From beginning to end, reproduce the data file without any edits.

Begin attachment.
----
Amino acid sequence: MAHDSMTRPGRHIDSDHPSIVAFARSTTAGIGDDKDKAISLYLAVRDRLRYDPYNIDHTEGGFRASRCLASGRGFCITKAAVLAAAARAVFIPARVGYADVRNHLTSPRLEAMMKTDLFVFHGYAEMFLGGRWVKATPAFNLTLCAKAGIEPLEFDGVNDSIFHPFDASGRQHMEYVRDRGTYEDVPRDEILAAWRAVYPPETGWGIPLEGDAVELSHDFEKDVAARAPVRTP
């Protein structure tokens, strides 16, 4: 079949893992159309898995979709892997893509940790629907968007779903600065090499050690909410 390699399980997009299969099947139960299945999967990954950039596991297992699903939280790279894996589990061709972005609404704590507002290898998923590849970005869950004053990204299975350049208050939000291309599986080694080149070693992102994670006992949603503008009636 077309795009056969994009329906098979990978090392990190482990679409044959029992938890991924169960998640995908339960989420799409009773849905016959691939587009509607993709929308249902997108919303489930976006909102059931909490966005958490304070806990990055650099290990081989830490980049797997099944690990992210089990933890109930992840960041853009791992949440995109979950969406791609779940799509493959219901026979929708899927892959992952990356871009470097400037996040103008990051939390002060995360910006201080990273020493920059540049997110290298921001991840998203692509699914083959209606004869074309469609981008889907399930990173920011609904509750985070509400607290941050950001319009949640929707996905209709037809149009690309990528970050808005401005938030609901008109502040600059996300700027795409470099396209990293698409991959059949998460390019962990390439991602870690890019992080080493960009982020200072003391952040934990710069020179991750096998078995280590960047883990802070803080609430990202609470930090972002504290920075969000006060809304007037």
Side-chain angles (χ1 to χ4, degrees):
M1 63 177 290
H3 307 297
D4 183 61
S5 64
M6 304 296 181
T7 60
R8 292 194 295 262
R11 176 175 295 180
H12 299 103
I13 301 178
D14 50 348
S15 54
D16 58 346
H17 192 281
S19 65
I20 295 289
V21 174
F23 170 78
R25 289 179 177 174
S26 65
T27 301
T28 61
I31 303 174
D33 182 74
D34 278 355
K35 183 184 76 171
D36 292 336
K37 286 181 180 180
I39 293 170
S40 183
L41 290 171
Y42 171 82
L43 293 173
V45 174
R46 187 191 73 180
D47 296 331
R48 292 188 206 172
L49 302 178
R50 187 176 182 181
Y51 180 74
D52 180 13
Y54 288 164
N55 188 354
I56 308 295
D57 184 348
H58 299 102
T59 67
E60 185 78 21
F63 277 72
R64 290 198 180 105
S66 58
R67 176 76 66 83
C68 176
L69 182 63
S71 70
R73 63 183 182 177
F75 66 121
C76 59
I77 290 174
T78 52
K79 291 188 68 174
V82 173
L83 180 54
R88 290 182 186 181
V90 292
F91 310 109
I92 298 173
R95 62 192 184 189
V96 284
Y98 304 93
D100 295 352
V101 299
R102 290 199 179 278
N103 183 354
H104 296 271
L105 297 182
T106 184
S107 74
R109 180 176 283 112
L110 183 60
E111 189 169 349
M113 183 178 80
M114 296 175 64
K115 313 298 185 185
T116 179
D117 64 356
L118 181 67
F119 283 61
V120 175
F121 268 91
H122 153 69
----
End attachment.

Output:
Amino acid sequence: MAHDSMTRPGRHIDSDHPSIVAFARSTTAGIGDDKDKAISLYLAVRDRLRYDPYNIDHTEGGFRASRCLASGRGFCITKAAVLAAAARAVFIPARVGYADVRNHLTSPRLEAMMKTDLFVFHGYAEMFLGGRWVKATPAFNLTLCAKAGIEPLEFDGVNDSIFHPFDASGRQHMEYVRDRGTYEDVPRDEILAAWRAVYPPETGWGIPLEGDAVELSHDFEKDVAARAPVRTP
């Protein structure tokens, strides 16, 4: 079949893992159309898995979709892997893509940790629907968007779903600065090499050690909410 390699399980997009299969099947139960299945999967990954950039596991297992699903939280790279894996589990061709972005609404704590507002290898998923590849970005869950004053990204299975350049208050939000291309599986080694080149070693992102994670006992949603503008009636 077309795009056969994009329906098979990978090392990190482990679409044959029992938890991924169960998640995908339960989420799409009773849905016959691939587009509607993709929308249902997108919303489930976006909102059931909490966005958490304070806990990055650099290990081989830490980049797997099944690990992210089990933890109930992840960041853009791992949440995109979950969406791609779940799509493959219901026979929708899927892959992952990356871009470097400037996040103008990051939390002060995360910006201080990273020493920059540049997110290298921001991840998203692509699914083959209606004869074309469609981008889907399930990173920011609904509750985070509400607290941050950001319009949640929707996905209709037809149009690309990528970050808005401005938030609901008109502040600059996300700027795409470099396209990293698409991959059949998460390019962990390439991602870690890019992080080493960009982020200072003391952040934990710069020179991750096998078995280590960047883990802070803080609430990202609470930090972002504290920075969000006060809304007037």
Side-chain angles (χ1 to χ4, degrees):
M1 63 177 290
H3 307 297
D4 183 61
S5 64
M6 304 296 181
T7 60
R8 292 194 295 262
R11 176 175 295 180
H12 299 103
I13 301 178
D14 50 348
S15 54
D16 58 346
H17 192 281
S19 65
I20 295 289
V21 174
F23 170 78
R25 289 179 177 174
S26 65
T27 301
T28 61
I31 303 174
D33 182 74
D34 278 355
K35 183 184 76 171
D36 292 336
K37 286 181 180 180
I39 293 170
S40 183
L41 290 171
Y42 171 82
L43 293 173
V45 174
R46 187 191 73 180
D47 296 331
R48 292 188 206 172
L49 302 178
R50 187 176 182 181
Y51 180 74
D52 180 13
Y54 288 164
N55 188 354
I56 308 295
D57 184 348
H58 299 102
T59 67
E60 185 78 21
F63 277 72
R64 290 198 180 105
S66 58
R67 176 76 66 83
C68 176
L69 182 63
S71 70
R73 63 183 182 177
F75 66 121
C76 59
I77 290 174
T78 52
K79 291 188 68 174
V82 173
L83 180 54
R88 290 182 186 181
V90 292
F91 310 109
I92 298 173
R95 62 192 184 189
V96 284
Y98 304 93
D100 295 352
V101 299
R102 290 199 179 278
N103 183 354
H104 296 271
L105 297 182
T106 184
S107 74
R109 180 176 283 112
L110 183 60
E111 189 169 349
M113 183 178 80
M114 296 175 64
K115 313 298 185 185
T116 179
D117 64 356
L118 181 67
F119 283 61
V120 175
F121 268 91
H122 153 69